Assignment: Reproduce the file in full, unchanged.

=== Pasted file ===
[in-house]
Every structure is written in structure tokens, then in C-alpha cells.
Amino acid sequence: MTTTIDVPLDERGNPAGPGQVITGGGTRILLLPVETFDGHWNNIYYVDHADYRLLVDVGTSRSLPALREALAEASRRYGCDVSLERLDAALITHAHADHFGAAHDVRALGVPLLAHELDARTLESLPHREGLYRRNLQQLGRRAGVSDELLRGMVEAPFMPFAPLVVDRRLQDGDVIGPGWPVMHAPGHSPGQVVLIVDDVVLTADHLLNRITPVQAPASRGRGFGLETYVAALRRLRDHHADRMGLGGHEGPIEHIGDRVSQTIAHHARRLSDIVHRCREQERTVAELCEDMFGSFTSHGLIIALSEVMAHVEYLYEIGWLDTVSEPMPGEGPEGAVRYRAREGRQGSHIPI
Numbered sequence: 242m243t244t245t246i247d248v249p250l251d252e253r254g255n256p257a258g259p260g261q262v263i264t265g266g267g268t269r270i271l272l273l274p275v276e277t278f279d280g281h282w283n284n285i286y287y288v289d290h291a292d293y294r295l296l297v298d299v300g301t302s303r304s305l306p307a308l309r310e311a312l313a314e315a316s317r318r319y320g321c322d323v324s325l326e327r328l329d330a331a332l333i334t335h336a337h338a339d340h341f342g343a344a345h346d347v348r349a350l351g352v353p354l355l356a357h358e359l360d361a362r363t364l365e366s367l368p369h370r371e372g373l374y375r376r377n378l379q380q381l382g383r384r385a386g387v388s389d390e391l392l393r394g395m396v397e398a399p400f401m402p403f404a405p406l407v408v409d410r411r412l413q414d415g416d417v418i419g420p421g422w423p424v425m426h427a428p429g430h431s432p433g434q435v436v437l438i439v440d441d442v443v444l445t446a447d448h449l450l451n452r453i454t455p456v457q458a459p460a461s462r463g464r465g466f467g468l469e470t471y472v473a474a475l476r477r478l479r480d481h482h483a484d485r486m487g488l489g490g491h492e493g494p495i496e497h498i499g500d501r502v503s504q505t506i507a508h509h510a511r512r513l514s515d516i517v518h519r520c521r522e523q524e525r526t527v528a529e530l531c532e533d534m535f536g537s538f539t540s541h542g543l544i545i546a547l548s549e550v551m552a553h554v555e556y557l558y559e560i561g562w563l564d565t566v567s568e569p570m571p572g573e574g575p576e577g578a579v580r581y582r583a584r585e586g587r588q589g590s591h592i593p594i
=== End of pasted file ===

[in-house]
Every structure is written in structure tokens, then in C-alpha cells.
Amino acid sequence: MTTTIDVPLDERGNPAGPGQVITGGGTRILLLPVETFDGHWNNIYYVDHADYRLLVDVGTSRSLPALREALAEASRRYGCDVSLERLDAALITHAHADHFGAAHDVRALGVPLLAHELDARTLESLPHREGLYRRNLQQLGRRAGVSDELLRGMVEAPFMPFAPLVVDRRLQDGDVIGPGWPVMHAPGHSPGQVVLIVDDVVLTADHLLNRITPVQAPASRGRGFGLETYVAALRRLRDHHADRMGLGGHEGPIEHIGDRVSQTIAHHARRLSDIVHRCREQERTVAELCEDMFGSFTSHGLIIALSEVMAHVEYLYEIGWLDTVSEPMPGEGPEGAVRYRAREGRQGSHIPI
Numbered sequence: 242m243t244t245t246i247d248v249p250l251d252e253r254g255n256p257a258g259p260g261q262v263i264t265g266g267g268t269r270i271l272l273l274p275v276e277t278f279d280g281h282w283n284n285i286y287y288v289d290h291a292d293y294r295l296l297v298d299v300g301t302s303r304s305l306p307a308l309r310e311a312l313a314e315a316s317r318r319y320g321c322d323v324s325l326e327r328l329d330a331a332l333i334t335h336a337h338a339d340h341f342g343a344a345h346d347v348r349a350l351g352v353p354l355l356a357h358e359l360d361a362r363t364l365e366s367l368p369h370r371e372g373l374y375r376r377n378l379q380q381l382g383r384r385a386g387v388s389d390e391l392l393r394g395m396v397e398a399p400f401m402p403f404a405p406l407v408v409d410r411r412l413q414d415g416d417v418i419g420p421g422w423p424v425m426h427a428p429g430h431s432p433g434q435v436v437l438i439v440d441d442v443v444l445t446a447d448h449l450l451n452r453i454t455p456v457q458a459p460a461s462r463g464r465g466f467g468l469e470t471y472v473a474a475l476r477r478l479r480d481h482h483a484d485r486m487g488l489g490g491h492e493g494p495i496e497h498i499g500d501r502v503s504q505t506i507a508h509h510a511r512r513l514s515d516i517v518h519r520c521r522e523q524e525r526t527v528a529e530l531c532e533d534m535f536g537s538f539t540s541h542g543l544i545i546a547l548s549e550v551m552a553h554v555e556y557l558y559e560i561g562w563l564d565t566v567s568e569p570m571p572g573e574g575p576e577g578a579v580r581y582r583a584r585e586g587r588q589g590s591h592i593p594i